When it comes to obesity and other serious health issues like heart disease, most people tend to blame dietary fat, but while inflammatory fats like trans fats do contribute to those problems, it’s actually sugar that’s to blame. In 2016, experts uncovered a massive scandal within the sugar industry that proved the sugar industry sponsored phony Harvard research 50 years earlier – the industry paid the researchers to focus on the supposed role of naturally occurring fats in heart disease, to take the spotlight from where it should have been in the first place.

That faulty research concluded that there was zero doubt that what we needed to do to lower the risk of heart disease was to eat fewer foods with cholesterol and consume more polyunsaturated fat rather than saturated fat. Such bad advice led to a plethora of fat-free and low-fat foods, with the fat replaced by a number of unhealthful substances, including sugar in its various forms – and to the dramatic rise in obesity. Today, we know that ingesting a lot of sugar significantly raises the risk of early death from heart disease – a 38 percent higher risk when 17 to 21 percent of your calories come from added sugar, and more than double that for those who consume even more.

A study from the University of North Carolina, Chapel Hill published in Trends in Endocrinology & Metabolismin 2012 focused on the multiple chronic diseases linked to sugar, including diabetes and obesity. The experts warned: “Sugar beverages represent a major global threat to the health of all populations. Most of us realize that sugar can cause weight gain as we can see the results – but it also causes numerous other internal changes that aren’t immediately obvious.

Even if you don’t think you’re consuming all that much sugar, you might be surprised to find how quickly it can add up. Just one can of soda contains the equivalent of 10 teaspoons of sugar, and if you eat processed foods and drink soda, you’re probably taking in a lot more than you think. Sugar comes in many forms, not just cane sugar, and that includes high fructose syrup (HFCS) which is in many processed foods. In fact, over one-third of the food sold in most grocery stores contains HFCS. Hidden sugars can be found in everything from condiments, soups, and sauces to baby formula, cereal, bread, and many other items that don’t even taste sweet.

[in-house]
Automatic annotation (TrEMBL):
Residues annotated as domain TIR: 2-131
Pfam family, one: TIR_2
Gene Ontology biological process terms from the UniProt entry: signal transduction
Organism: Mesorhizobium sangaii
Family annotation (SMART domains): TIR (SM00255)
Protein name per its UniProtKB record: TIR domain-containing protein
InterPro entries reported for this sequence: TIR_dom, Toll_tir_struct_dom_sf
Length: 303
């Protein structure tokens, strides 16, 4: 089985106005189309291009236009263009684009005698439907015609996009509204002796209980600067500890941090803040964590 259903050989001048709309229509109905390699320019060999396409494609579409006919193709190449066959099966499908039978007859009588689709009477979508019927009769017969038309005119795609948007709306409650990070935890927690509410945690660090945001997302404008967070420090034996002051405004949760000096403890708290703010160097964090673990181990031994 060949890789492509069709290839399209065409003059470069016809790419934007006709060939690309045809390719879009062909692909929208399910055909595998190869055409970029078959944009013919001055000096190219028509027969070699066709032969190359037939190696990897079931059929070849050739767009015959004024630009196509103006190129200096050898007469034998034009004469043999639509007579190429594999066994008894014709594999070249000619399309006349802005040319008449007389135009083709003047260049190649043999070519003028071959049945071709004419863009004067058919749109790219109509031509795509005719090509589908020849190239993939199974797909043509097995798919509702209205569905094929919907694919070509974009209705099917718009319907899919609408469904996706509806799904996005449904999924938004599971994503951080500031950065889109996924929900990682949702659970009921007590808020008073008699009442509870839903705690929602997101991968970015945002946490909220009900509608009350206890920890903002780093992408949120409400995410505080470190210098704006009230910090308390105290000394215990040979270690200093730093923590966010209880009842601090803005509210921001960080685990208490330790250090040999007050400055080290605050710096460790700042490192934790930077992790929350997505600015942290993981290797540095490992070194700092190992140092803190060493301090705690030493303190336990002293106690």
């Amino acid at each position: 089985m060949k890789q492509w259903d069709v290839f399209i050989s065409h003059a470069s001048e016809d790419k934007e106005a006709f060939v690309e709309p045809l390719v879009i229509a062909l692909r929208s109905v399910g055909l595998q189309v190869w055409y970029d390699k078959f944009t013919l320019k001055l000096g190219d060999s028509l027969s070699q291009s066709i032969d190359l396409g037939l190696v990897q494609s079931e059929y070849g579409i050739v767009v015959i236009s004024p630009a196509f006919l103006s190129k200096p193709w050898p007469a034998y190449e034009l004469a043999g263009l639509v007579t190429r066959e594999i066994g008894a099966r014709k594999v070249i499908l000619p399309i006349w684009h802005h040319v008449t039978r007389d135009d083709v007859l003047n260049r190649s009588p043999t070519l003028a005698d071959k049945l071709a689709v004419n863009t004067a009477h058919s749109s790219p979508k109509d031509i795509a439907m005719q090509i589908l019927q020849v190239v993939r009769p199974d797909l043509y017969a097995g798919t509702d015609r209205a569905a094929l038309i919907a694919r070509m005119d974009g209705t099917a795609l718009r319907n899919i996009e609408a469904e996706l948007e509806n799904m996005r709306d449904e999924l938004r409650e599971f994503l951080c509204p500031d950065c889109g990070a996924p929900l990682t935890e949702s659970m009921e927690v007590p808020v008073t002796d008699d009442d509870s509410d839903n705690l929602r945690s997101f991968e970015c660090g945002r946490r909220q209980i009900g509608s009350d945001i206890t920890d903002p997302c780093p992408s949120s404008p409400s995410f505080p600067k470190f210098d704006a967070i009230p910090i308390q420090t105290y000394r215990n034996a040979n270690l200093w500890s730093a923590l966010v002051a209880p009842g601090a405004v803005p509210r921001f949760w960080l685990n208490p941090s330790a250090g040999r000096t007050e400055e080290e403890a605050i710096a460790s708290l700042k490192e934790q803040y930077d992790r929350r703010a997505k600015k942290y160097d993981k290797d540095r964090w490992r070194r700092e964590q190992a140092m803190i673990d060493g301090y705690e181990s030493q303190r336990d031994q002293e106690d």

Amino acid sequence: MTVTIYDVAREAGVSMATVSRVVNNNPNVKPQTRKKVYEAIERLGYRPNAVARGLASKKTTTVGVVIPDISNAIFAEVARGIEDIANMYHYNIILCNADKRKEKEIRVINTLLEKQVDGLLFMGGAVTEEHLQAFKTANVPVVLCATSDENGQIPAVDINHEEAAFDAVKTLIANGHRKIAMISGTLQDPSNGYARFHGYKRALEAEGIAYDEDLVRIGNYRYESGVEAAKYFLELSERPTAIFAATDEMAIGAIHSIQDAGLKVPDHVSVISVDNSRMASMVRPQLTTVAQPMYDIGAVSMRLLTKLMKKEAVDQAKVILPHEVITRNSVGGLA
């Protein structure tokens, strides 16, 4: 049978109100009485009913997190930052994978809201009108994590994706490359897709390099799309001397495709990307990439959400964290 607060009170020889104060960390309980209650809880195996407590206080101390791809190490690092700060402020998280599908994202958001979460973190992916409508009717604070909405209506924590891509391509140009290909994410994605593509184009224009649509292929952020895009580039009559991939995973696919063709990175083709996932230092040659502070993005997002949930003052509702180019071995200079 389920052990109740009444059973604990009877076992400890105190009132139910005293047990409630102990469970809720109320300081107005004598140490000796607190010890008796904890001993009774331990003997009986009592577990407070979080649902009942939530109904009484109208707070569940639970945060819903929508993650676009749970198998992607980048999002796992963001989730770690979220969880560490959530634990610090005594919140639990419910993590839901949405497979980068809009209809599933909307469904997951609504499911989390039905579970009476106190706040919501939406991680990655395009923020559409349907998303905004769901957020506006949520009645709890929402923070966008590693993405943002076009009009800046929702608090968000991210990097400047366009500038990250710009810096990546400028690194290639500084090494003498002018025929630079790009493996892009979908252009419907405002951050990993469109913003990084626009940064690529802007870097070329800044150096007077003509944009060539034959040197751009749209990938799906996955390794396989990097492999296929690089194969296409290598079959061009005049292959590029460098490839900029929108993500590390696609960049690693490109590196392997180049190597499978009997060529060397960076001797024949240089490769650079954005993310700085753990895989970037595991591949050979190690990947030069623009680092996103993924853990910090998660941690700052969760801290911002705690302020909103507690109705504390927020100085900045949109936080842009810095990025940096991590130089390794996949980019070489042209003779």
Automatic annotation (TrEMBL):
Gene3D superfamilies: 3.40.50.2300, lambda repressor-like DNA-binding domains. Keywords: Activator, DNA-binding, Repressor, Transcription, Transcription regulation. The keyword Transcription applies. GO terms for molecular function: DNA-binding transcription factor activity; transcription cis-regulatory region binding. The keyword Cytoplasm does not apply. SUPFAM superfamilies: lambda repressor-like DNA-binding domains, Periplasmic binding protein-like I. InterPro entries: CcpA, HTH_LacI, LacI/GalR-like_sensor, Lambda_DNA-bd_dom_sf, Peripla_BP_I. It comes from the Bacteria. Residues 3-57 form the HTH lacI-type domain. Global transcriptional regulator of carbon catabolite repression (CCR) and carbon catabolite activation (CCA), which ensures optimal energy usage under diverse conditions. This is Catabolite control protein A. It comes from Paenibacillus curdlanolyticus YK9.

The World Health Organization recommends just 5 percent of one’s calories come from added sugar, which equals about 6 teaspoons a day, but the average American consumes nearly four times that recommendation, or 22 teaspoons of sugar every day.

These signs are big clues that it’s time to cut down on sugar.

1. You lack energy

If you’re always feeling tired or fatigued, that’s one of the primary signs that you’re consuming too much sugar. While sugary foods can give you an initial boost of energy, it’s only temporary, and the crash that follows is far worse than had you chosen something healthier. Brooke Alpert, M.S., R.D., and author of The Sugar Detox: Lose Weight, Feel Great and Look Years Younger, told SELF magazine, “Energy is most stable when blood sugar is stable, so when you’re consuming too much sugar, the highs and lows of your blood sugar lead to highs and lows of energy. If you’re eating lots of sugar, your body probably isn’t getting a sufficient amount of protein or fiber, and those nutrients are important for sustaining energy. A balanced and nutritious diet prevents your blood sugar from going from a sugar high to a lethargic low.

2. You crave sweet foods frequently

If you experience lots of sugar cravings, it’s a sign that you’re eating too much sugar because the more sugar you eat, the more you crave. It’s an addictive cycle, as sugar gives you that short term high followed by a crash, just like a drug. It creates a chain reaction of sugar cravings as it’s so sweetly addictive. Then, that high sugar diet results in a hormonal response that brings you up, and when you crash, that triggers the body to want more and more.

3. You’re depressed and/or anxious

Numerous studies have suggested that there is a strong association between the amount of sugar consumed and the risk for depression, including sadness, social withdrawal, and lethargy. In fact, you may have noticed that after eating a lot of sugar you feel emotionally drained, as the crash it causes is both physical and emotional. A diet filled with sugar causes inflammation levels throughout the body to rise, which is also linked to greater instances of depression. Analysis of the Women’s Health Initiative published in The American Journal of Clinical Nutrition found that the higher a woman’s blood rose after eating refined grains and sugar, the higher the risk of depression.

Feelings of anxiety, like constant worry, nervousness, etc., can mean that it’s time to adjust that sugary diet.

Read more at: http://www.naturallivingideas.com/sugar-warning-signs/



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